Nope. In the British constitution, which was clearly outlined in a Supreme Court decision in 2017, only parliament can express the will of the people. That’s the nub of the argument. Remember, from 1642 onwards, the left republican radicals who fought for democracy fought for parliament to control the executive. There is no possibility under British constitutional law that parliament could “fail to carry out the will of the people”. Sovereignty, in Britain, resides in Parliament. I am labouring this point because it is the central misconception, but it’s being used in exactly the same way as the far right are using it, as they physically harass centrist and left MPs and jouralists opposed to Brexit.

Many members of parliament are trying to delay the Brexit date to give them time to organize a second referendum. That referendum would likely include a vote on whether to reverse the entire Brexit process and stay in the European Union — not only flouting the results of the first referendum, but thereby attacking British democracy itself.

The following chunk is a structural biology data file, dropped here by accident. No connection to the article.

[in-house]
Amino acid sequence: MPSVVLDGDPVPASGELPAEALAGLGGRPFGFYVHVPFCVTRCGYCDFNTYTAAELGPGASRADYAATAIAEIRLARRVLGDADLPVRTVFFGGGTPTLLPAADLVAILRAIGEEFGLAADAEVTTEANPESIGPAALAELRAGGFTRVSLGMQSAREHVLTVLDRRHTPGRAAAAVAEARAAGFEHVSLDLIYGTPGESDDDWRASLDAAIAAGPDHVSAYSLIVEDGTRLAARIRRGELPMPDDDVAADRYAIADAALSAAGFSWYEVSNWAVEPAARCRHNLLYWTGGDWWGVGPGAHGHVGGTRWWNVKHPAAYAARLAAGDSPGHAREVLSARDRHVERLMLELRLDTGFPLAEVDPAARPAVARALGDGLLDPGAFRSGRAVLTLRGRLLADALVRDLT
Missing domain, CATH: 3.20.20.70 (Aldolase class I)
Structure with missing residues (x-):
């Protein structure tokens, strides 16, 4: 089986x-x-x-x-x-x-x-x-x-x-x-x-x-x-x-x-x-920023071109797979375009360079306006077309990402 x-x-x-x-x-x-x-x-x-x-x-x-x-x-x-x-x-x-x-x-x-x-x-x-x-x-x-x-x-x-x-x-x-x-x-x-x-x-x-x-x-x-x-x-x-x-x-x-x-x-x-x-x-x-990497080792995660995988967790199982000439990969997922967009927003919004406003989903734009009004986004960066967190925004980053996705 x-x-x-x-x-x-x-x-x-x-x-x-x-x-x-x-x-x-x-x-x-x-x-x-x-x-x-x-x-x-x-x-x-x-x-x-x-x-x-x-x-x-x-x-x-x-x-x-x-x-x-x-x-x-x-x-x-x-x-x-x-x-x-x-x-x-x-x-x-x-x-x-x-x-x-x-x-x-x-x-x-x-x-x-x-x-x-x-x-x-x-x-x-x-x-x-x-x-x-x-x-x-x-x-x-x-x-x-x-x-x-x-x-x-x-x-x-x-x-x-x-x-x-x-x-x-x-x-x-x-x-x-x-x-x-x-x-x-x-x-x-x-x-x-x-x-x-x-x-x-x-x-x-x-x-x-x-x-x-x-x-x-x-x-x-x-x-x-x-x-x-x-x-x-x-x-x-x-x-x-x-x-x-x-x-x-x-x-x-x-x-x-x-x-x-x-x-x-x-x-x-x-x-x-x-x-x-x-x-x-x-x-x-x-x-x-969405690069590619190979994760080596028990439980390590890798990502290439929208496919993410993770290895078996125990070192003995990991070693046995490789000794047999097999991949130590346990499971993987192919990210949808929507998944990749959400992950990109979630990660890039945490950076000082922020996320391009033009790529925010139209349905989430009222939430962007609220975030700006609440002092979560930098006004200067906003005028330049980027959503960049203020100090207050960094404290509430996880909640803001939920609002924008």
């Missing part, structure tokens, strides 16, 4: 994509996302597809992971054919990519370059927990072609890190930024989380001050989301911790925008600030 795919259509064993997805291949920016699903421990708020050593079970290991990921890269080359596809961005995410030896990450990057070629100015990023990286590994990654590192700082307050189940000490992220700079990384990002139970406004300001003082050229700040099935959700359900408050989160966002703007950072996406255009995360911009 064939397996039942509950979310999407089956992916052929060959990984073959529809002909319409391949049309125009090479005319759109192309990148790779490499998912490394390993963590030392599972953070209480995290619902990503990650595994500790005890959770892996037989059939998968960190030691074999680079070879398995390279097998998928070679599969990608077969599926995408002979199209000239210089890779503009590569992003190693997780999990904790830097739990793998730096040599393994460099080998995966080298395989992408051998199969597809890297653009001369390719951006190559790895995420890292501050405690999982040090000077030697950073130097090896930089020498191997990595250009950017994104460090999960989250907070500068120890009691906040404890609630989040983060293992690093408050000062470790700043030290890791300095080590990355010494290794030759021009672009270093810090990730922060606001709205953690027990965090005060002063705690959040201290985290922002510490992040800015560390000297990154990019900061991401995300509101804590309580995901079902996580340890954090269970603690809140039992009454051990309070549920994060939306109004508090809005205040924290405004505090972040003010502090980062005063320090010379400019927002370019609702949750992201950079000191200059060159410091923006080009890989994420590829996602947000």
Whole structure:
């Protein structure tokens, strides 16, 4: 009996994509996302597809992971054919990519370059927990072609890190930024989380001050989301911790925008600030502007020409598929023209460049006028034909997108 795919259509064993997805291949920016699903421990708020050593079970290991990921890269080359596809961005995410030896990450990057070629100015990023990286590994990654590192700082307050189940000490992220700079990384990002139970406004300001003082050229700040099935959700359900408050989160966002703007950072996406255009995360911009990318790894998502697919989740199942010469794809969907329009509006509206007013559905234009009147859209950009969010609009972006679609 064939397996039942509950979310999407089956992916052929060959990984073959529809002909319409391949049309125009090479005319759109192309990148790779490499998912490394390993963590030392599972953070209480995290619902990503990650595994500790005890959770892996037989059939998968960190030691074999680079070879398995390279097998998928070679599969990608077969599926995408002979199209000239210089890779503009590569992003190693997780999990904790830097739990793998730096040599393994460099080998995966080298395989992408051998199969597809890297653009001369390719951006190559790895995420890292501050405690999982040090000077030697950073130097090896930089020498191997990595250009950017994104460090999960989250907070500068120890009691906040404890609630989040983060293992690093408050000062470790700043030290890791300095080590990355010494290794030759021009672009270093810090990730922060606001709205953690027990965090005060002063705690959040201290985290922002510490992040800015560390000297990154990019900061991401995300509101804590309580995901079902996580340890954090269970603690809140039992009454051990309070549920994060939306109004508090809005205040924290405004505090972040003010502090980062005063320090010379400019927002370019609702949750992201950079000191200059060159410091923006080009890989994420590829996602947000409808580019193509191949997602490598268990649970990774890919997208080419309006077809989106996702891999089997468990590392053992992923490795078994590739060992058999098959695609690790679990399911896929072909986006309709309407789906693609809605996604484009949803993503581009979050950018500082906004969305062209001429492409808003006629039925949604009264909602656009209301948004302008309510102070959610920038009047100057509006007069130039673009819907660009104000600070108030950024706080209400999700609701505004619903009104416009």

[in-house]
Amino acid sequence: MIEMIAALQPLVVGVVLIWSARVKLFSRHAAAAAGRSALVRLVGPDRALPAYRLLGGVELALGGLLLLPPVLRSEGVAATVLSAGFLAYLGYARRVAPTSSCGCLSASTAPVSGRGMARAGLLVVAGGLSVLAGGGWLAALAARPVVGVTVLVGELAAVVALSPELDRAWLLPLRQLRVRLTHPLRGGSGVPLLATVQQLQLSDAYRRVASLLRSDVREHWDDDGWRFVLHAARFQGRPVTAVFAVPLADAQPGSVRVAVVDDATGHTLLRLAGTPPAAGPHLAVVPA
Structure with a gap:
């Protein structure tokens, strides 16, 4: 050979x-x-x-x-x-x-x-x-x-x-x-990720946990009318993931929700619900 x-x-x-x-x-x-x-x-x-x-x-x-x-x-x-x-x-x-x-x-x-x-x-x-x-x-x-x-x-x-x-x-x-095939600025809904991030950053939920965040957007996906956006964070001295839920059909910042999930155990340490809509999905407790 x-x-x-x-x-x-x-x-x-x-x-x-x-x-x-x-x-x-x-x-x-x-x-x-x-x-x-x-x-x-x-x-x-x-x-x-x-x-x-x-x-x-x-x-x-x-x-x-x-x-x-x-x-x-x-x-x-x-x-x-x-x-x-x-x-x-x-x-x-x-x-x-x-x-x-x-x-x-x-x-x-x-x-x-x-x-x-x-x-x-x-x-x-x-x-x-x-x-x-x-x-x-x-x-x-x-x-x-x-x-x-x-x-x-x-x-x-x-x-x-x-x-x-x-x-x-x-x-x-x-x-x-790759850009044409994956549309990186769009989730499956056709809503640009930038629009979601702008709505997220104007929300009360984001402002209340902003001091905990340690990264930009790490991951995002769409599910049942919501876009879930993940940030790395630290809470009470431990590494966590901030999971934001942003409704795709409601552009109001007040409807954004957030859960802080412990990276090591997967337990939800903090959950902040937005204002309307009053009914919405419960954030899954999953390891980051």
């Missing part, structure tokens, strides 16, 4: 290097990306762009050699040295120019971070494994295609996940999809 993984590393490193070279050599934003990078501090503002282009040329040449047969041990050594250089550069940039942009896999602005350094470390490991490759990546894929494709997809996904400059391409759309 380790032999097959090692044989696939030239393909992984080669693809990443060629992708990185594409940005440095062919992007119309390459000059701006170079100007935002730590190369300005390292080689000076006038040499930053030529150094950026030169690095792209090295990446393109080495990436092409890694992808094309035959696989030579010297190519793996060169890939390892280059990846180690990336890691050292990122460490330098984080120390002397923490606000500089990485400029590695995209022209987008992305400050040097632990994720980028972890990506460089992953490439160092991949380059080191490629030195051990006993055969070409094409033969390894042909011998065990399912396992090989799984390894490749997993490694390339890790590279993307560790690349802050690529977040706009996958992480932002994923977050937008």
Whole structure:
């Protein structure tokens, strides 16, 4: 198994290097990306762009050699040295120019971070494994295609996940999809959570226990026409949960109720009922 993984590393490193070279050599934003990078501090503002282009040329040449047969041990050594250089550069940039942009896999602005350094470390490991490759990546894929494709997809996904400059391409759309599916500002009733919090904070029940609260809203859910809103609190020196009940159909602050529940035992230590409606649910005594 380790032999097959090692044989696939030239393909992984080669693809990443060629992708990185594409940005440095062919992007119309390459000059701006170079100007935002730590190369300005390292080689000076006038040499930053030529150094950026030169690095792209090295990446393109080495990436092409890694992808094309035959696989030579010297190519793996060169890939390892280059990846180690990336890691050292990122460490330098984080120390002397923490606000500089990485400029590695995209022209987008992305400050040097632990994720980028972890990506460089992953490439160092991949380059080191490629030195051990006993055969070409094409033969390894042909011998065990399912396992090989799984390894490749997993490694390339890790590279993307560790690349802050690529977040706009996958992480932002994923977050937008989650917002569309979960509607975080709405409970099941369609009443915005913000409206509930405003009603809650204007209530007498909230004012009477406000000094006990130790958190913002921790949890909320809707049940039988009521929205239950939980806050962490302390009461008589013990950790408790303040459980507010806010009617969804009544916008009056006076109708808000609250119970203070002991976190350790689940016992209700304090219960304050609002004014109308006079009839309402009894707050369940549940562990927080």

A really inaccurate summary of what’s happening. Centrists of the right and left are trying to force a second referendum because, though it would be possible to defeat Brexit in parliament, morally you would still need a referendum to ratify either staying in Europe or a soft Brexit that dashes the hopes of the xenophobes for a clean break. The move to delay Brexit is not coming from the same camp: it’s coming from a much wider set of parliamentarians who fear the shock doctrine style catastrophe of No Deal on 29 March. And for the reasons outlined above, a second referendum would in no sense be an attack on British democracy. That’s why Corbyn’s Labour Party unanimously passed a resolution calling for it as a last resort, if parliamentary votes or a snap general election failed.

A basic feature of democratic politics is that the sovereign should control government.

In the British constitution parliament is sovereign and the queen is supposed to automatically approve every law it passes. This is the result of something called the Glorious Revolution of 1689, in which the monarch was replaced for refusing to do so.